4G speeds

A new report from Opensignal today takes an in-depth look at global 4G network performance across 77 countries. As it highlights the shortcomings of 4G, the report shares how 5G should solve many of the pain points like network congestion and widely variable network speeds. Among other interesting points, it also ranked the countries it tested with the US coming in 47th out of 77 for average download speed.

Opensignal notes its testing was at a very large-scale made up of 585,738,011,995 measurements  on over 94,000,000 devices across 2018. One key finding from the study was how much 4G speeds can vary based on the time of day. Stateside, average 4G download speeds are almost half as slow during the busiest hour of the day.

At a national level, average 4G download speeds in the U.S. ranged from 15.3 Mbps at the busiest hour — when the most users were consuming the greatest amount of data on the network — to 28.8 Mbps at the quietest hour.

Opensignal found the busiest hour of the day (slowest speeds) to be 9pm local time, with the least congested and fastest hour to be 3am.

The report put the US average 4G download speeds at 18.1Mbps, while not surprisingly, South Korea took first place with an average of 47.1Mbps and peak speeds of 55.7Mbps, roughly double the fastest speeds seen in the US.

4G speeds

A recent Opensignal report put the average iPhone XS and XS Max cellular speeds in the US just over 20Mbps, slightly edging out the 18.1Mbps average seen across all smartphones in this most recent study.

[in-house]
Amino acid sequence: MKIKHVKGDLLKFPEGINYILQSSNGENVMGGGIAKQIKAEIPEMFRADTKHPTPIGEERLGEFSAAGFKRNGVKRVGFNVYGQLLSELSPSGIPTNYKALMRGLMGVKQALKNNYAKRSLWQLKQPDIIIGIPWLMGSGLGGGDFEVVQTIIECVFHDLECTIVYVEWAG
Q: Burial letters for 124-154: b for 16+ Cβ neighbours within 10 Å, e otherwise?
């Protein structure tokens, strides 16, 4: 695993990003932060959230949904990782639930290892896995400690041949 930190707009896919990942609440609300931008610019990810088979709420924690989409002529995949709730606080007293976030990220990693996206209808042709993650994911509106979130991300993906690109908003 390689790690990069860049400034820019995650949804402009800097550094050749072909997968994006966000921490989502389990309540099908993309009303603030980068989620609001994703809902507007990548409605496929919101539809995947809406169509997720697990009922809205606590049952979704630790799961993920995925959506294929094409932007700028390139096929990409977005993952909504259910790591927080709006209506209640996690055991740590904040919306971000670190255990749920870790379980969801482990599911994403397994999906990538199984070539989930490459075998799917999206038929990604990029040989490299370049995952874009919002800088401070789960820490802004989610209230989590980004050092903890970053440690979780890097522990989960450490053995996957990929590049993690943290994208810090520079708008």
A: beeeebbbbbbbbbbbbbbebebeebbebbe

As for how 5G will help with issues like network congestion that 4G suffers from, Opensignal shared:

5G won’t just deliver faster speeds. 5G will provide a blanket of capacity, built using new high- bandwidth, high-frequency spectrum bands that will help mitigate the daily cycle of congestion we see on today’s 4G networks. These 5G services will support more simultaneous users at very fast speeds.

Check out the full in-depth 4G study from Opensignal here.

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Michael Potuck

Michael is an editor for 9to5Mac. Since joining in 2016 he has written more than 3,000 articles including breaking news, reviews, and detailed comparisons and tutorials.